Zooey Deschanel might shine in every movie she makes, but she's got no interest in acting like a star.
This feature originally appeared in Complex's December 2008/January 2009 issue.
By pedigree, Zooey Deschanel is about as Hollywood as they come. Her dad’s a five-time Academy Award–nominated cinematographer, her mom’s an actress, and her sister is Emily Deschanel, the star of the Fox crime drama Bones.1 When she was 19, Zooey dropped out of Northwestern University after seven months to work on 2000’s Almost Famous, her second movie role, and hasn’t looked back, acting in an average of three films a year since. She’s even got the requisite inside-Hollywood dating past.2
By temperament, though, Zooey’s about as far from Hollywood as you can get. She lives with said sis, doesn’t have a DUI or even a Klonopin bust (that we know of), and has yet to be photographed without her underwear (though our lens cap is always open). Her movie choices reflect a quirky and open-minded, if demure, sensibility: In 2003 she filmed a (totally chaste, thank God) shower scene with Will Ferrell in Elf and played a (regrettably chaste) small-town virgin in the indie fave All the Real Girls.3 Perhaps most anti-Hollywood of all, she released a rock album that a) was critically acclaimed, and b) didn’t feature a single Tom Waits cover or Scott Storch– or J.R. Rotem–produced track.4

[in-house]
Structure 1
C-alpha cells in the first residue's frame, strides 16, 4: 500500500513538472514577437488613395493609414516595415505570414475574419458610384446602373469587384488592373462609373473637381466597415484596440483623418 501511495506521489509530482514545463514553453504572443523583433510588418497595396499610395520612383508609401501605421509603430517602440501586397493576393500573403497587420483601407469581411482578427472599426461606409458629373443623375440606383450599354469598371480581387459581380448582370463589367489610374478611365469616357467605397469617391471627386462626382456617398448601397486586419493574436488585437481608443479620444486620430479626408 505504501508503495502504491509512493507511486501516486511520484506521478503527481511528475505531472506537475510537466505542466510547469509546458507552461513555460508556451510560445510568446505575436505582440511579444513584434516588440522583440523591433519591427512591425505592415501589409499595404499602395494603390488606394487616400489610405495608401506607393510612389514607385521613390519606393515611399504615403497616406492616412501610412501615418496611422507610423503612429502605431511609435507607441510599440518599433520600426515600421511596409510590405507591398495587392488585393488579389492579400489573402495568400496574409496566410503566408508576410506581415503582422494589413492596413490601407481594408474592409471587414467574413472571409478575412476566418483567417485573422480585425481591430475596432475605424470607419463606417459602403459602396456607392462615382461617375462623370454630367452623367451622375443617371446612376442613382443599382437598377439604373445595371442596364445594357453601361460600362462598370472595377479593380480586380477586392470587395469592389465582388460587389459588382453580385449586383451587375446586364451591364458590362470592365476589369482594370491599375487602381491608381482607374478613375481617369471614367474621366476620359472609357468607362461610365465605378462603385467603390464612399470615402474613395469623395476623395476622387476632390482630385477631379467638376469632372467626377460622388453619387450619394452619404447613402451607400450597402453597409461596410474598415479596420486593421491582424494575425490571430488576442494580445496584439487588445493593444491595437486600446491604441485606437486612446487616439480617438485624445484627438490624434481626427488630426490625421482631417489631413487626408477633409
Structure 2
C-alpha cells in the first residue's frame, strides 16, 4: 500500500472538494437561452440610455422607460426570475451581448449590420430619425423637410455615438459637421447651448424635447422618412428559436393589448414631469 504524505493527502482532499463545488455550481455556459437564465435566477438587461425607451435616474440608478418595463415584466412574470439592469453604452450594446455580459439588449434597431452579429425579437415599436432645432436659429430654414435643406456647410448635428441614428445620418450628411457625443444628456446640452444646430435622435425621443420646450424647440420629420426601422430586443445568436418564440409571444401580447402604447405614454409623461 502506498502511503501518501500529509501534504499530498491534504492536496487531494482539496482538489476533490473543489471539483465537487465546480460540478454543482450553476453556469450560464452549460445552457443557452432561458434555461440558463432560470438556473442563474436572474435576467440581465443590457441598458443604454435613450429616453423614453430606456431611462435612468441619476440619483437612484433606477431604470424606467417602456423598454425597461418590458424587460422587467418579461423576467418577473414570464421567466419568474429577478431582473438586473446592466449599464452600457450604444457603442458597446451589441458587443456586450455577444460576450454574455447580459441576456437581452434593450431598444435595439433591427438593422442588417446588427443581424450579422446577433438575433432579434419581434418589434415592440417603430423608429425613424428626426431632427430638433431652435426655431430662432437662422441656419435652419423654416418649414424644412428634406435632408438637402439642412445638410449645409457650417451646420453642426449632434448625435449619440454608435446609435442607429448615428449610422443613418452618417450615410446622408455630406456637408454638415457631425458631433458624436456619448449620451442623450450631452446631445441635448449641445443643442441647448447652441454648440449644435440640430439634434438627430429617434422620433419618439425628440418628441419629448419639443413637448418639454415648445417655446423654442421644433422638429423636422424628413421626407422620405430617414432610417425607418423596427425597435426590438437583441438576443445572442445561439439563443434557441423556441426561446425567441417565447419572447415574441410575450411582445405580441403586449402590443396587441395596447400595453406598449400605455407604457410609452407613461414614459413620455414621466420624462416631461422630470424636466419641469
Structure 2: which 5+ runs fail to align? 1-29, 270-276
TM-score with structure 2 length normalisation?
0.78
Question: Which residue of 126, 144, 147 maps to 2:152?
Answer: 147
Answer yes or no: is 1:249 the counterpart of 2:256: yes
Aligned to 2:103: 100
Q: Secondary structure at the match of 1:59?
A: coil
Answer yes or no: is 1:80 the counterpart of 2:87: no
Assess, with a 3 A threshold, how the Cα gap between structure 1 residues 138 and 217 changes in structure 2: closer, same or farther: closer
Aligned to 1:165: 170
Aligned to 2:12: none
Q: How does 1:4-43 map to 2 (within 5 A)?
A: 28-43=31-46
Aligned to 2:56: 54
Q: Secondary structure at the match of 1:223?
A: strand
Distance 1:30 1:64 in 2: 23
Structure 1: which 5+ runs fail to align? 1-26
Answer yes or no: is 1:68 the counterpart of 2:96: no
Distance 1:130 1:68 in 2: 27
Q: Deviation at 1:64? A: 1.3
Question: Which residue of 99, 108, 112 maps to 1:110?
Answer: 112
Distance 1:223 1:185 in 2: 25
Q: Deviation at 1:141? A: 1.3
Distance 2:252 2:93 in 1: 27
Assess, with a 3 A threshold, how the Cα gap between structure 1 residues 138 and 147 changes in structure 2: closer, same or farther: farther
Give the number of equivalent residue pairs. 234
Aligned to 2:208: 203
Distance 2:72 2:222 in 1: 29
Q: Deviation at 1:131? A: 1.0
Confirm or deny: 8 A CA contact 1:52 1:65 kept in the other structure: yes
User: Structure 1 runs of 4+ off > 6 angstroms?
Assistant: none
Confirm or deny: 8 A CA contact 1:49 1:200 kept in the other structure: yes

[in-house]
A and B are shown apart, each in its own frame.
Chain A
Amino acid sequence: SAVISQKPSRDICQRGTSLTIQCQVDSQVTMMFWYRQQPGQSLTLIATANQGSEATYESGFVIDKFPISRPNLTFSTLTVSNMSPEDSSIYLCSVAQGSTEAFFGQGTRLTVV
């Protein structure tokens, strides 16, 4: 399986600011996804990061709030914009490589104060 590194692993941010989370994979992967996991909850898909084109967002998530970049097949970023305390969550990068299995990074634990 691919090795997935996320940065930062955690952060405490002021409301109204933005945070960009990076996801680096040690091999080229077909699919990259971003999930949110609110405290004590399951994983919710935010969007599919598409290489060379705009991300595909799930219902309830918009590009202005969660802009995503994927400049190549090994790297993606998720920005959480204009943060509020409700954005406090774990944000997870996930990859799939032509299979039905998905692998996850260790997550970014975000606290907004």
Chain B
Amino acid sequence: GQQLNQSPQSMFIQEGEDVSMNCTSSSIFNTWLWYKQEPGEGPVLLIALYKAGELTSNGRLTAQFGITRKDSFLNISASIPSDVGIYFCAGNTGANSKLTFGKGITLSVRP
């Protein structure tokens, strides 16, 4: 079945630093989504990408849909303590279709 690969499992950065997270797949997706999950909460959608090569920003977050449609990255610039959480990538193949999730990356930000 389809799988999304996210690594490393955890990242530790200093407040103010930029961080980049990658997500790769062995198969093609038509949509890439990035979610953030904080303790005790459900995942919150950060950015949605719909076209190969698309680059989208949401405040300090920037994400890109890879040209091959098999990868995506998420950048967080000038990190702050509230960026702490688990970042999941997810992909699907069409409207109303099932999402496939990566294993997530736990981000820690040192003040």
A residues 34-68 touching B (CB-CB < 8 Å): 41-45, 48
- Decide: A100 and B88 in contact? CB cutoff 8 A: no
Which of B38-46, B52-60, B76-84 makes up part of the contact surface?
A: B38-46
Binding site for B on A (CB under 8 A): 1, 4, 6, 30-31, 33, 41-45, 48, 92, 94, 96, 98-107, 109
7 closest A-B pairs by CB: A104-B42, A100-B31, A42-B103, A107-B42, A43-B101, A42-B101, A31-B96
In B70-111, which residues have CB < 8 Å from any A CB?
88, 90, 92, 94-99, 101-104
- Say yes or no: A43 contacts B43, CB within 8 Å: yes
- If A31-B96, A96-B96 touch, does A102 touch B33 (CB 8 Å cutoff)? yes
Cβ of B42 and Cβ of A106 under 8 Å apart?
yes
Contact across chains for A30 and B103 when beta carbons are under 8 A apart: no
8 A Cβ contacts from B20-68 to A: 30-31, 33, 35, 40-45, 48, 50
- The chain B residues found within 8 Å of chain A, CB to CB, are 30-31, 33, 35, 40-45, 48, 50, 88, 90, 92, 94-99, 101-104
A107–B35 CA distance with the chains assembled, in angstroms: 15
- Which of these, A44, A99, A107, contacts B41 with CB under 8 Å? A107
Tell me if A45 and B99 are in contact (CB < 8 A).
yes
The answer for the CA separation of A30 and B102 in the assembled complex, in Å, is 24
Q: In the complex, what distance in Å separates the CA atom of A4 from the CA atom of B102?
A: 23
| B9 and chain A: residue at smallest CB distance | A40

So while outsiders might see her ascension to big-budget leading-lady status in 2008’s The Happening and Yes Man as some sort of Hollywood destiny, to Zooey it’s just the next thing to do. If you have to, tag her Hollywood’s indie–blockbuster–cult fave or whatever else the pigeonholers come up with. Just don’t tag her It.
First off, I’ve noticed a slight Southern accent slips out when you speak sometimes. Where does that come from?
[Laughs.] All my life people have thought I’m from every place that I’m not from. I’m from Southern California, and it has a weird accent that I had to get rid of. [Adopts robotic voice.] People talk like this where I’m from, and I was like, I am not going to talk like that.
I’ve heard so many people say that so many times: 'You’re this year’s It Girl!' And I’m like, 'You said that to me in 2001 and 2004.' You go in and out of style.
I don’t know where it comes from. We moved all over the place when I was forming my speech.
So between the album and a couple of big movies, 2008’s been a pretty busy year for you.
Yeah, I worked a year and a half straight without a day off.
Any New Year’s resolutions for 2009?
You’re talking to somebody who doesn’t make New Year’s resolutions.
Well, I stopped biting my nails.
That’s good. When did you do that?
That’s really good! I did it last year, but it wasn’t a New Year’s resolution. I’m kind of making resolutions all year long.
And how often are those successful?
Most of the time!